Saturday, August 25, 2012

Heslington Brain

With the publication of a scholarly article in the Journal of Archaeological Science, we learn more about the well-preserved brain I featured in April 2011. The so-called Heslington Brain (images above, more photos here) is believed to be - at more than 2,600 years old - the best-preserved prehistoric brain in the world. The Medical Daily reads, "The finding is particularly astonishing because, even when left on a counter in a chilled mortuary facility, brains tend to degrade quickly into liquid. This one, however, had the consistency of tofu, and had none of the distinctive smell so often associated with dead corpses." What was revealed last year were the circumstances of the burial in an Iron Age settlement in what is now York, England. The man had been hanged between the ages of 26-45 and his severed head was buried apart from his body without being intentionally preserved. When his skull was excavated in 2008 (photo of dig here), the brain inside had been reduced in volume due to loss of water but intact. The remarkable preservation was attributed to a quick burial in clay, since it was cool (slowing the actions of enzymes), anaerobic (reducing microbial action), and separate from the body (keeping it out contact with digestive bacteria). The newly-published study confirms that the shape of the brain is intact, but the interior is not: "Although the distinctive surface morphology of the organ is preserved, little recognizable brain histology survives." Authors Sonia O'Connor et al. do remind their colleagues to be aware of such preservation, since their survey of the literature shows that the survival of brain tissue in otherwise skeletonized human remains from wet burial environments is not unique.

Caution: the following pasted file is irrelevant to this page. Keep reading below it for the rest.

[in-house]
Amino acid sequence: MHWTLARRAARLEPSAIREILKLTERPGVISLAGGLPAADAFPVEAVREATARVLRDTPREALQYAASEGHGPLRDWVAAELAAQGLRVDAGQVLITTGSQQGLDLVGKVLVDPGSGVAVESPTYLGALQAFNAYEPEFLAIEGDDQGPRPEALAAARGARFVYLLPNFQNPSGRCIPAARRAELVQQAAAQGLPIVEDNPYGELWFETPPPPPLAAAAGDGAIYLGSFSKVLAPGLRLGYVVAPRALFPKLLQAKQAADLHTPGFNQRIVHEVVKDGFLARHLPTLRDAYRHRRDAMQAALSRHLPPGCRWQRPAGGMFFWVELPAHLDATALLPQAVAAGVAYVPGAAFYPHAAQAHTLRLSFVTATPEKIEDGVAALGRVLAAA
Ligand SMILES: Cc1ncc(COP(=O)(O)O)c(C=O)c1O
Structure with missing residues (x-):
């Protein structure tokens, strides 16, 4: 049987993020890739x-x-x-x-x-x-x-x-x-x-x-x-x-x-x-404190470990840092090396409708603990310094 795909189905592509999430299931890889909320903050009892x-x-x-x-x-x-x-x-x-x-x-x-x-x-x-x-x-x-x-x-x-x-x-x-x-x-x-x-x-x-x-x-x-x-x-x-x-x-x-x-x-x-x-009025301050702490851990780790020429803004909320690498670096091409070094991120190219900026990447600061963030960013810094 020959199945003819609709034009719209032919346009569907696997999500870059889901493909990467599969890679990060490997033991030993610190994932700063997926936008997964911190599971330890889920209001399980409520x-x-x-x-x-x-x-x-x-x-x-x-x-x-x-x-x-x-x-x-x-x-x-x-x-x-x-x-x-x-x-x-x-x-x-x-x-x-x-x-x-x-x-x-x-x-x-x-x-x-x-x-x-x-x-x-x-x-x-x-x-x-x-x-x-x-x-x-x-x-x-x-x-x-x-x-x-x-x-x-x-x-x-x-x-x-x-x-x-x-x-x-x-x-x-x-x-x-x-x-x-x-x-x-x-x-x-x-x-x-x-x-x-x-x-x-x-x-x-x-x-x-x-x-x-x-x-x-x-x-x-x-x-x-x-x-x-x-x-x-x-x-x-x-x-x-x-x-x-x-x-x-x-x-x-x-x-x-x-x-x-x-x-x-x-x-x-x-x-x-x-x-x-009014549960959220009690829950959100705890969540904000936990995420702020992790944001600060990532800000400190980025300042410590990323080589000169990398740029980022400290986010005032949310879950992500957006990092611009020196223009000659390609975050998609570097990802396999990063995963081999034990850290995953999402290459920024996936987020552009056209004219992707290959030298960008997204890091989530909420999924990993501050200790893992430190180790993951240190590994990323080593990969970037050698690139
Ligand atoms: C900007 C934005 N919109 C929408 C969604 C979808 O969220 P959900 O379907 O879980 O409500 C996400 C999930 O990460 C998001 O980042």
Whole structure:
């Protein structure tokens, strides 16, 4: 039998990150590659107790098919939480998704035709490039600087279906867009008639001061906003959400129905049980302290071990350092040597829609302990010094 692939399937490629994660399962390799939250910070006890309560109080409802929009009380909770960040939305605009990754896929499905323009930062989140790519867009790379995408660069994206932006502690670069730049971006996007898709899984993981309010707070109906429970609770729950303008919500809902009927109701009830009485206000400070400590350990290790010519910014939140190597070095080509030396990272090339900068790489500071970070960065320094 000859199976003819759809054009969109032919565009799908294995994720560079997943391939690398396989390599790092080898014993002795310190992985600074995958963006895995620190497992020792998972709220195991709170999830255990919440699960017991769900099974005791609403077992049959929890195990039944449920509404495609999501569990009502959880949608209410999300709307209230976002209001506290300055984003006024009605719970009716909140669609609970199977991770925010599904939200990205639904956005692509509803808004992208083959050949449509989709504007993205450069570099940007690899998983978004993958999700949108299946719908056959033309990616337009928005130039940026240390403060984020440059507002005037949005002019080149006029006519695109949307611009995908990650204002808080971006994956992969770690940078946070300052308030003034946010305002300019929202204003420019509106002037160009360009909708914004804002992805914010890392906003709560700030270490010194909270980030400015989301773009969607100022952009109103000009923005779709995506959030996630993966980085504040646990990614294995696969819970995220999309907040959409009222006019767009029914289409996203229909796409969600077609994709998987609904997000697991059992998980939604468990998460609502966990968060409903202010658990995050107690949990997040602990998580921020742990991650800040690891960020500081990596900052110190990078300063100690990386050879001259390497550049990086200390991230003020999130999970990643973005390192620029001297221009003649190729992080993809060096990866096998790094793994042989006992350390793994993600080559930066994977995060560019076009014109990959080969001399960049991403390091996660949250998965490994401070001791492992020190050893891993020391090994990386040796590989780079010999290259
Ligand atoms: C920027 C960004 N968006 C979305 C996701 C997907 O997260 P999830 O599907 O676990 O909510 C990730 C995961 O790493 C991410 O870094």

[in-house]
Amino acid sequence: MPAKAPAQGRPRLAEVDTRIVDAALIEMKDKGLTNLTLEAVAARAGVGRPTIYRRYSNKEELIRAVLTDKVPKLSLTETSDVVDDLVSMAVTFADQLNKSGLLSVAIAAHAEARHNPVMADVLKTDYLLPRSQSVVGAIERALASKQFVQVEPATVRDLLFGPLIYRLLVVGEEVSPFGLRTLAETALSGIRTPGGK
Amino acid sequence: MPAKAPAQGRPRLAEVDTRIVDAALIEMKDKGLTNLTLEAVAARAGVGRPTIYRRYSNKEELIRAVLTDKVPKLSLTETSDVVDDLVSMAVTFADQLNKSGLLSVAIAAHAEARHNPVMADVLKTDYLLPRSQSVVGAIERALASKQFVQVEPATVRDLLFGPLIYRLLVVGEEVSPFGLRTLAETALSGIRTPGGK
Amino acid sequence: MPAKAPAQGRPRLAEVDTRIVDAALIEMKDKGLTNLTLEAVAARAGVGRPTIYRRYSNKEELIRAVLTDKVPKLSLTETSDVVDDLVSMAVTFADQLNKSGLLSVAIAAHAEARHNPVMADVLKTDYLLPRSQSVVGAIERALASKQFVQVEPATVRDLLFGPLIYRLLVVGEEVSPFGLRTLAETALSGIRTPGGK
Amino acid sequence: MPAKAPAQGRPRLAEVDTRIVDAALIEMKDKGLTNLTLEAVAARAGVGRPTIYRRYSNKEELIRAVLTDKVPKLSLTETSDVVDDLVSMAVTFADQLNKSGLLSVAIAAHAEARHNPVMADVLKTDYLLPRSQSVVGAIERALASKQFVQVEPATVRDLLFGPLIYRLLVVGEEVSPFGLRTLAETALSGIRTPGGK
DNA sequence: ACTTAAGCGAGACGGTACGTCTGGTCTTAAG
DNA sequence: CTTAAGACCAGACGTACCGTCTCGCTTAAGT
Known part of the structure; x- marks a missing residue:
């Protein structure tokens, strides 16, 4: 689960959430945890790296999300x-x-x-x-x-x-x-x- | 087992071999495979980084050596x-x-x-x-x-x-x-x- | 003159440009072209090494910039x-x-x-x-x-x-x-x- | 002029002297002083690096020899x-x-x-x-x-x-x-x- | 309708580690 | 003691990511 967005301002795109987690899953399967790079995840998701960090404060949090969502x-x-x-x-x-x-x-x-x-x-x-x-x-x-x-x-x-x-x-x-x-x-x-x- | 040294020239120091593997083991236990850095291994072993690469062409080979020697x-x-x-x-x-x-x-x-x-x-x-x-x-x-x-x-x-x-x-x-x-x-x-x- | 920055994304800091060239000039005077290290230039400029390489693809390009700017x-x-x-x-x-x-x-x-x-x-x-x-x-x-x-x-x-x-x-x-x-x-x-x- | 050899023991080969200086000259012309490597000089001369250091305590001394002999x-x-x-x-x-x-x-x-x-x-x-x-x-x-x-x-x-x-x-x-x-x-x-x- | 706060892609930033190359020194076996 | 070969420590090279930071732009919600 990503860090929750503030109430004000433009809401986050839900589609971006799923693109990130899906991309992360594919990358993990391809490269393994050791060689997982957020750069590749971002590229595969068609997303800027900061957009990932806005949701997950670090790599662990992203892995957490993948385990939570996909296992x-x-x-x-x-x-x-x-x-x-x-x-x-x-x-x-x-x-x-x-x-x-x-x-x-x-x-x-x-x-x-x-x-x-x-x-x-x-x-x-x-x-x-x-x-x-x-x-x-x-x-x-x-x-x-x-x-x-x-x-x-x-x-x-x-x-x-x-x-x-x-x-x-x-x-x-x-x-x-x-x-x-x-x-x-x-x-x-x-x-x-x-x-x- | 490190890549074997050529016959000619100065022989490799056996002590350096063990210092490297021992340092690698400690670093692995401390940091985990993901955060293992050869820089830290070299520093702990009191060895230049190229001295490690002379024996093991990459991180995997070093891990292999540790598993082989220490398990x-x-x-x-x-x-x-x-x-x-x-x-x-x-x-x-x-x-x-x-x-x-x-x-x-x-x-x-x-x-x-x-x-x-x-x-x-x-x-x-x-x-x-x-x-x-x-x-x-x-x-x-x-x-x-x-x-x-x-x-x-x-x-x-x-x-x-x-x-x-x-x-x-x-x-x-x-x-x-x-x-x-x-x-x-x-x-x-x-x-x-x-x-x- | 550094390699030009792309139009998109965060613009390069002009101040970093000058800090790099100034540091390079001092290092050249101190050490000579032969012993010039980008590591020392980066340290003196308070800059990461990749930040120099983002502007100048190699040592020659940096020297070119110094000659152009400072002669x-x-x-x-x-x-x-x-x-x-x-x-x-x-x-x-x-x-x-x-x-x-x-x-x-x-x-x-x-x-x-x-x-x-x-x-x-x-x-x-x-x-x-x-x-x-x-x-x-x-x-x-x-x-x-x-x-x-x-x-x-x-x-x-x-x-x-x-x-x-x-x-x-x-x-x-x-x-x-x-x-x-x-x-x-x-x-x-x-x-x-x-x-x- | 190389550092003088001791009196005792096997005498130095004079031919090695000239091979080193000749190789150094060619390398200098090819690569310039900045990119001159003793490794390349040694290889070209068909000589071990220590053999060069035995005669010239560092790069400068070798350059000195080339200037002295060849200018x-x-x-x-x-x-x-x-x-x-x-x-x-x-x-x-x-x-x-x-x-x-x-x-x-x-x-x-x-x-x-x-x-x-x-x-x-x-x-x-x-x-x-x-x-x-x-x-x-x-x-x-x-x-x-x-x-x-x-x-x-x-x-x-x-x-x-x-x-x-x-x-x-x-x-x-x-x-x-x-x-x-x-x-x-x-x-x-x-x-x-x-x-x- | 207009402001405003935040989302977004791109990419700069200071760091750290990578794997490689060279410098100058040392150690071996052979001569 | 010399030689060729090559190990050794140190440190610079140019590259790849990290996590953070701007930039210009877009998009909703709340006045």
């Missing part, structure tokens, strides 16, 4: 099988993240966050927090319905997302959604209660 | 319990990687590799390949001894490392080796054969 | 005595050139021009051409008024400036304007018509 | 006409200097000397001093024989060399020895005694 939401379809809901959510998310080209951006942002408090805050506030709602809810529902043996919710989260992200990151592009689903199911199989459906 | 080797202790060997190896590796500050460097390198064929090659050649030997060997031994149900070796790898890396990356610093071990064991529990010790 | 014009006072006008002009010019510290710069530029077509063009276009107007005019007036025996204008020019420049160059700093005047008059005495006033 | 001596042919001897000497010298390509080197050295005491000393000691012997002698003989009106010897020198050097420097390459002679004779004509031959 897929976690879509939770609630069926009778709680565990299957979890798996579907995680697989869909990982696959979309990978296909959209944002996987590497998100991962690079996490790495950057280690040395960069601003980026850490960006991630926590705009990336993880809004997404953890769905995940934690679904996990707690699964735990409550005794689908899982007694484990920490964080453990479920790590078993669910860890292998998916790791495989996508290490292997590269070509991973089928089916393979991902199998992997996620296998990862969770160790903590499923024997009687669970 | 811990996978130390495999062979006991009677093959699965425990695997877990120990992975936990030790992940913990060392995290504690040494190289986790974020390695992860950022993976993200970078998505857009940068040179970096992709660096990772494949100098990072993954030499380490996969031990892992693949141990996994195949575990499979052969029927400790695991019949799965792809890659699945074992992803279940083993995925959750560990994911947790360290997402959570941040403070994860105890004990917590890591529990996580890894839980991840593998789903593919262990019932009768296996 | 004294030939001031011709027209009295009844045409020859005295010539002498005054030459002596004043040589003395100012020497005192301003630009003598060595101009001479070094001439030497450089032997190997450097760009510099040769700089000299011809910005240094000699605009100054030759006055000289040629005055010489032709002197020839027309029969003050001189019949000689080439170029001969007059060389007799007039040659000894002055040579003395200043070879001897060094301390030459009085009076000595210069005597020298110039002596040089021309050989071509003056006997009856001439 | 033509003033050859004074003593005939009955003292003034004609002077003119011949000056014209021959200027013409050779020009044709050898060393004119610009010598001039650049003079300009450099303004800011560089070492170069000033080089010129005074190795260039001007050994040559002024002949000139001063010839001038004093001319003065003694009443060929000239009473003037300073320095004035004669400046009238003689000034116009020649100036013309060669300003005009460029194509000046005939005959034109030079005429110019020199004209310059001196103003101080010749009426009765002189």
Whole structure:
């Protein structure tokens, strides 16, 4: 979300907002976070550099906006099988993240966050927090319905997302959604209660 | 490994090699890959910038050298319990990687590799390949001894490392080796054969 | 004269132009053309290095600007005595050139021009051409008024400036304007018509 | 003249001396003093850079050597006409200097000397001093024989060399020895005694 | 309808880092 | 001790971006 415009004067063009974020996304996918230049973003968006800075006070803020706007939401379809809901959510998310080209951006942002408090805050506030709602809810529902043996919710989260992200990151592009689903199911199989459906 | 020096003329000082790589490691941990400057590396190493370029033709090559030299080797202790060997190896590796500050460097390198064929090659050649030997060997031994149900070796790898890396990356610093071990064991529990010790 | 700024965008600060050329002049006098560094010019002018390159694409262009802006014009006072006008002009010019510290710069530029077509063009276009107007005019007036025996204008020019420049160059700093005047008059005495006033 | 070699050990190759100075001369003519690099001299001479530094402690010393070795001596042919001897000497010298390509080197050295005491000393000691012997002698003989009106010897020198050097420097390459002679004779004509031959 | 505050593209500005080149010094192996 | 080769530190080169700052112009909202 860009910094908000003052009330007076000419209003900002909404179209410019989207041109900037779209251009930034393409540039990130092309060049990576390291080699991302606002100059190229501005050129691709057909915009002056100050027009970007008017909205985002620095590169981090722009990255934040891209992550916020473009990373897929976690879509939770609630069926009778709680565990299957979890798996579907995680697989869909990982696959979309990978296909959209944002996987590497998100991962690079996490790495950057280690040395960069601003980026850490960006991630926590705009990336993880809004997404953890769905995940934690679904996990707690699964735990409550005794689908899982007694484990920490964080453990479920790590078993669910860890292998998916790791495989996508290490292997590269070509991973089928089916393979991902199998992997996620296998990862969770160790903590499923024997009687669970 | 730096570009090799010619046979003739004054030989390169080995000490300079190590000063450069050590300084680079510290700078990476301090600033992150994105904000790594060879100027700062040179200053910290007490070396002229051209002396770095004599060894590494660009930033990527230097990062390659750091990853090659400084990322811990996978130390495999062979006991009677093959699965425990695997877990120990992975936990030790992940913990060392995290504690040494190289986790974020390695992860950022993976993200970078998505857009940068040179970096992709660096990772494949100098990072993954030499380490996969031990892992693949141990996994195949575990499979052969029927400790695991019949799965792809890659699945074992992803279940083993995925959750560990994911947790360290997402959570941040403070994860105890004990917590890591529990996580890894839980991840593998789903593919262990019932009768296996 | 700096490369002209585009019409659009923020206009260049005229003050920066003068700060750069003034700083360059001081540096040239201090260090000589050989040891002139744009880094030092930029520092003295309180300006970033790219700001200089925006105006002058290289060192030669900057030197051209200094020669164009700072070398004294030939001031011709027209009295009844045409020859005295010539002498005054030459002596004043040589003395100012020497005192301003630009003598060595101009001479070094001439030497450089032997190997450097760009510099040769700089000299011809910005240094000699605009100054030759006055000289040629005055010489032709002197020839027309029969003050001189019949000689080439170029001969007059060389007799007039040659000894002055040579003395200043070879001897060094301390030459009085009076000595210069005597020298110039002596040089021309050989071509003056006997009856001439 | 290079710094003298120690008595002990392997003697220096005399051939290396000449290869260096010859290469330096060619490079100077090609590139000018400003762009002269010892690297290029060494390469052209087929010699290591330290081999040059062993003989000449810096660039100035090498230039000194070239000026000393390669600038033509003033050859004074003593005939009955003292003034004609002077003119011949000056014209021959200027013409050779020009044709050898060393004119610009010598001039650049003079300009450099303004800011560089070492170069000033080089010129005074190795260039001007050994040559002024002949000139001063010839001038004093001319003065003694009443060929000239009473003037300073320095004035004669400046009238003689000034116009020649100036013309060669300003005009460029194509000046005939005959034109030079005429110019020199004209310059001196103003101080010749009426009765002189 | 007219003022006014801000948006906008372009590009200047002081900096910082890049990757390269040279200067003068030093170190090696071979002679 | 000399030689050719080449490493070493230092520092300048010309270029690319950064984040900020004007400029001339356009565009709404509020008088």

Blogging 'bout brains:

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